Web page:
Critical Praise

You are trying to develop your team. You have been coaching them to improve their performance. You have been careful to stay focused on issues and not on their personal idiosyncratic differences. You even tried praise as a motivator. The problem is you usually see improvements in performance when you criticize problems. When you praise the good performance, people seldom repeat it. Doesn’t it just make more sense to criticize for the good of the team’s performance?

Let’s look at an example. An in house sales department has a goal of selling a volume of X everyday. The distribution for sales volume over the last year is shown in the figure below. Understandably there are better days and challenging days. The supervisor decides to highlight outstanding examples as a means of inspiring others to similar levels of performance.

On several occasions individuals have daily production of Z volume. The supervisor singled these individuals out for praise and positive recognition. Over time the supervisor noted that after being praised for a great performance the production of dropped off in the following days.  The supervisor began to wonder if she was trying to motivate in the wrong way.  She decided to try criticizing poor performance. Whenever anyone hit a performance level of Y she made the team member uncomfortably aware of their falling short. To her surprise, after being criticized for a poor performance the following performances tended to be better.

So what’s up with that? Does criticism work better than praise? Actually the supervisor’s selection of outlying performances is really what’s driving the next performance. Whether a poor performance is criticized or not it is likely the next performance will be closer to the mean performance. Similarly if an employee has one of the best days ever the odds are that his next day will be closer to normal production and it looks like the praise had the opposite effect.

So which is better, to praise or to criticize? What would the impact be if the supervisor was positive in coaching the individual with the poor performance? Statistically they would likely improve in their next outing. If it were all about luck that would be about all that happened. But if skill enters into this, then providing positive feedback may help the individual improve their skill. Not only would they likely have a better result next time but they may begin the practice of skills that improved their average result.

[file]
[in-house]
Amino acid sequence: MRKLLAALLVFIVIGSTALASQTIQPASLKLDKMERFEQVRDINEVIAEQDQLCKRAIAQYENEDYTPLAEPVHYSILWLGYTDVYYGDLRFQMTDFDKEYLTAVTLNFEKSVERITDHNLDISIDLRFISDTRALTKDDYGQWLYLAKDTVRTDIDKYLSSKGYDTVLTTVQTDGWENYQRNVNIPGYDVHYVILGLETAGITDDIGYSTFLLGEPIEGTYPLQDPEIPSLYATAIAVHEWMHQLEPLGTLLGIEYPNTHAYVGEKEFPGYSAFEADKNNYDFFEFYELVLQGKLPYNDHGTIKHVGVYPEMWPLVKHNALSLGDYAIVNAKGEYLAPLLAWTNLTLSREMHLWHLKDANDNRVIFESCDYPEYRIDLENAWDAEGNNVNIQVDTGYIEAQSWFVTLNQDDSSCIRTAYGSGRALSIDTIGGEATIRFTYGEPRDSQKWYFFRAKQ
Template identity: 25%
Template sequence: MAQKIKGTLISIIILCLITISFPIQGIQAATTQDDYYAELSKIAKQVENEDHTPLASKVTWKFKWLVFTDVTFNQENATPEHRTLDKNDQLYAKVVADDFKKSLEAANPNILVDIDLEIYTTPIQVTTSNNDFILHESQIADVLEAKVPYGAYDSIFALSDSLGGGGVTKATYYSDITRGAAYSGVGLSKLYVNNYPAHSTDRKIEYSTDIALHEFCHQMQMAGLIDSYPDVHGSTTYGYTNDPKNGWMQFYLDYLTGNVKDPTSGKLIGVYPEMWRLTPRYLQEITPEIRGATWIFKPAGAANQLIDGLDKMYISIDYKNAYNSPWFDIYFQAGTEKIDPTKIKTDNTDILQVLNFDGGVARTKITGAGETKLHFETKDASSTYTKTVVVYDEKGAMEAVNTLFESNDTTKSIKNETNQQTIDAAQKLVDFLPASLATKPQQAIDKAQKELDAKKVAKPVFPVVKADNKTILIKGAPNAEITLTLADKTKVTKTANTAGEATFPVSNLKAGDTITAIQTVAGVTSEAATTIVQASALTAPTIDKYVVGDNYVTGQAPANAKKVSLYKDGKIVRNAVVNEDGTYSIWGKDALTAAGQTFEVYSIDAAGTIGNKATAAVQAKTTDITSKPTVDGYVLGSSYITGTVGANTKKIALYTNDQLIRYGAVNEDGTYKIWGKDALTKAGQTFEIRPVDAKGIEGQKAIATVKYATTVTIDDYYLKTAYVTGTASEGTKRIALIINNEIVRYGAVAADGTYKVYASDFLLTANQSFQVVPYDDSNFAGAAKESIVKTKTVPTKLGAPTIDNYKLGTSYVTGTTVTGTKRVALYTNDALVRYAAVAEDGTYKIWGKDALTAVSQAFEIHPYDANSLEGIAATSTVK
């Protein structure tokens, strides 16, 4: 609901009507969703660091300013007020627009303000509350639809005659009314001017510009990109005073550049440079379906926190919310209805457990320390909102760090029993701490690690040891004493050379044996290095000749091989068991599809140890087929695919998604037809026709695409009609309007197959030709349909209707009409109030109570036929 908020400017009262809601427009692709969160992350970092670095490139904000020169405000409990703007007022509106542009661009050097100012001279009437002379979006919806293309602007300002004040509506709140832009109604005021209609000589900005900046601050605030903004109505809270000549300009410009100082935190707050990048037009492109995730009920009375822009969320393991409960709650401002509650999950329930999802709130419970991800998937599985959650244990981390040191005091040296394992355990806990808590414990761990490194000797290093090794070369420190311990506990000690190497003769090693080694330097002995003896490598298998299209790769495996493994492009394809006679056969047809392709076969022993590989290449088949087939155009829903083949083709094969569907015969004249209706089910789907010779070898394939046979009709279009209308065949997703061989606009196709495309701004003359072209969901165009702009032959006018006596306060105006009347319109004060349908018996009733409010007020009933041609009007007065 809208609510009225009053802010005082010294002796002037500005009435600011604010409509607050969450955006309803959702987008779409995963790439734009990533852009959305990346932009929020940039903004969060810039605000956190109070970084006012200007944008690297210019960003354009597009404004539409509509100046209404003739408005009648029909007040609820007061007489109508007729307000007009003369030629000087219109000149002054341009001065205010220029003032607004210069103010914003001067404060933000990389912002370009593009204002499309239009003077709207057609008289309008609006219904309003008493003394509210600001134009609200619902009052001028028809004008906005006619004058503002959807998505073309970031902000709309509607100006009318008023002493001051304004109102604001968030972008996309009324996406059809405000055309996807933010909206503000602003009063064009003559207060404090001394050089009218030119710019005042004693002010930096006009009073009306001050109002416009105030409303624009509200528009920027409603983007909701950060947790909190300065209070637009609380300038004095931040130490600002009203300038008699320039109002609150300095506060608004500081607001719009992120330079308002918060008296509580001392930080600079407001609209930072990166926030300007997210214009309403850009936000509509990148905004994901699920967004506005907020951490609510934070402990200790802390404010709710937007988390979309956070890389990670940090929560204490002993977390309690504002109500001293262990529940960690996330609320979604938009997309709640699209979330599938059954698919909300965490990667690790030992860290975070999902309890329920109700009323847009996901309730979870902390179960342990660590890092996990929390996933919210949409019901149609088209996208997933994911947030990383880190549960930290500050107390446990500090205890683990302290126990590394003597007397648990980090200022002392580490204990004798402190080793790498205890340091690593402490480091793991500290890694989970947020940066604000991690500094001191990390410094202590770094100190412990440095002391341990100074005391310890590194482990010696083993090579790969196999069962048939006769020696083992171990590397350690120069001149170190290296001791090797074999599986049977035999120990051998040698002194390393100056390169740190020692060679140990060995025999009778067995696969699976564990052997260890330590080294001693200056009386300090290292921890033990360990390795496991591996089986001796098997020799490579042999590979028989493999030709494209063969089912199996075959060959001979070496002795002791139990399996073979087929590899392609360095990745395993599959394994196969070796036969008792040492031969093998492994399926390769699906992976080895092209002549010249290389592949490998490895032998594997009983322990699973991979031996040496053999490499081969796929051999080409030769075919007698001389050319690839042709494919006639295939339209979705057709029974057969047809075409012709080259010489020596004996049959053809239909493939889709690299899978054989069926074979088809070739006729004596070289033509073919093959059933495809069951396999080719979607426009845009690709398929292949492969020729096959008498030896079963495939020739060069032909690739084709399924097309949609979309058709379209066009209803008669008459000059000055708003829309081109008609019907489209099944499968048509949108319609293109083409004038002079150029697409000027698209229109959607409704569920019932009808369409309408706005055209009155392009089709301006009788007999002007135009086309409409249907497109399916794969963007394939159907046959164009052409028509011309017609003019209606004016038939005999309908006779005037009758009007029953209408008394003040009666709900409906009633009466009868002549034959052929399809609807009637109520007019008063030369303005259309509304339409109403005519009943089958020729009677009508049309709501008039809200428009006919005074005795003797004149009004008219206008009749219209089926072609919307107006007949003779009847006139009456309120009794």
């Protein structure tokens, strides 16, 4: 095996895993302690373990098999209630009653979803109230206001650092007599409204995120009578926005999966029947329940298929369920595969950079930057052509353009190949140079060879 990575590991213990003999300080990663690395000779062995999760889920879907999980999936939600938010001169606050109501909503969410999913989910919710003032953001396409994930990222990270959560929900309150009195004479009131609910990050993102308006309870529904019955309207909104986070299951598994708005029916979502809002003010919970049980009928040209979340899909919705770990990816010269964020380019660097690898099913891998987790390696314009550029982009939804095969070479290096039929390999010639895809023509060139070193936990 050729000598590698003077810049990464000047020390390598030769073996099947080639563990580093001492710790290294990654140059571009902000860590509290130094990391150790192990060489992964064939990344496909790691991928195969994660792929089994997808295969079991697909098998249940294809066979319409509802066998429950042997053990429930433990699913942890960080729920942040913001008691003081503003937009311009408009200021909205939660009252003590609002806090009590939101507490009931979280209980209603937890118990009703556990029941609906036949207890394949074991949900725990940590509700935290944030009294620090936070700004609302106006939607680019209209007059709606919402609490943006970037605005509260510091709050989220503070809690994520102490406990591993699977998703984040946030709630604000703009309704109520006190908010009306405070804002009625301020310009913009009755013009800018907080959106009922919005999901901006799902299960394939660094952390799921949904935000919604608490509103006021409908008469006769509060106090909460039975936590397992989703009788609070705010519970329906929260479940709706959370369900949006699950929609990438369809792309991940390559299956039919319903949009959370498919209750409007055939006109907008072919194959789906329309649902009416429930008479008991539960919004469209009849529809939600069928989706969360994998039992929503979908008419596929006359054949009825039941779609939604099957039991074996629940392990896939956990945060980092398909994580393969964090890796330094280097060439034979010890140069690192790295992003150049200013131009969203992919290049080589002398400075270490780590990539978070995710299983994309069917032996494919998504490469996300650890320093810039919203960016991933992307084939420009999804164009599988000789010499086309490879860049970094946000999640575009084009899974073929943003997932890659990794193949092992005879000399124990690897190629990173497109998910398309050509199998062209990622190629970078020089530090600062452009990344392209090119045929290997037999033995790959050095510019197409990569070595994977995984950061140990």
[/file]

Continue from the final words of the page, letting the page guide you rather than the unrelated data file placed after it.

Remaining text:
There is a place for criticism. Criticism can help reinforce boundaries and values. Someone knowingly engaging in horseplay resulting in an unsafe act in an environment where safety is a value needs to know they are outside the line. Criticism and even disciplinary action communicates the organization’s commitment to safety to the offending worker and to others around them. 

However, someone who performs an unsafe act out of ignorance may require training as well as an examination of the management practices that put him or her in a situation where the training the possessed was not adequate.

Once trained and given some experience what works best? Perhaps you can run your own experiment, collect some data and develop your won hypothesis. Does praise improve performance? When is the best time to apply praise and when is criticism the better choice? Are you really influencing change or just randomly selecting from a distribution around the mean?

Joe Thompson

© 2016 Differentiating Strategies, LLC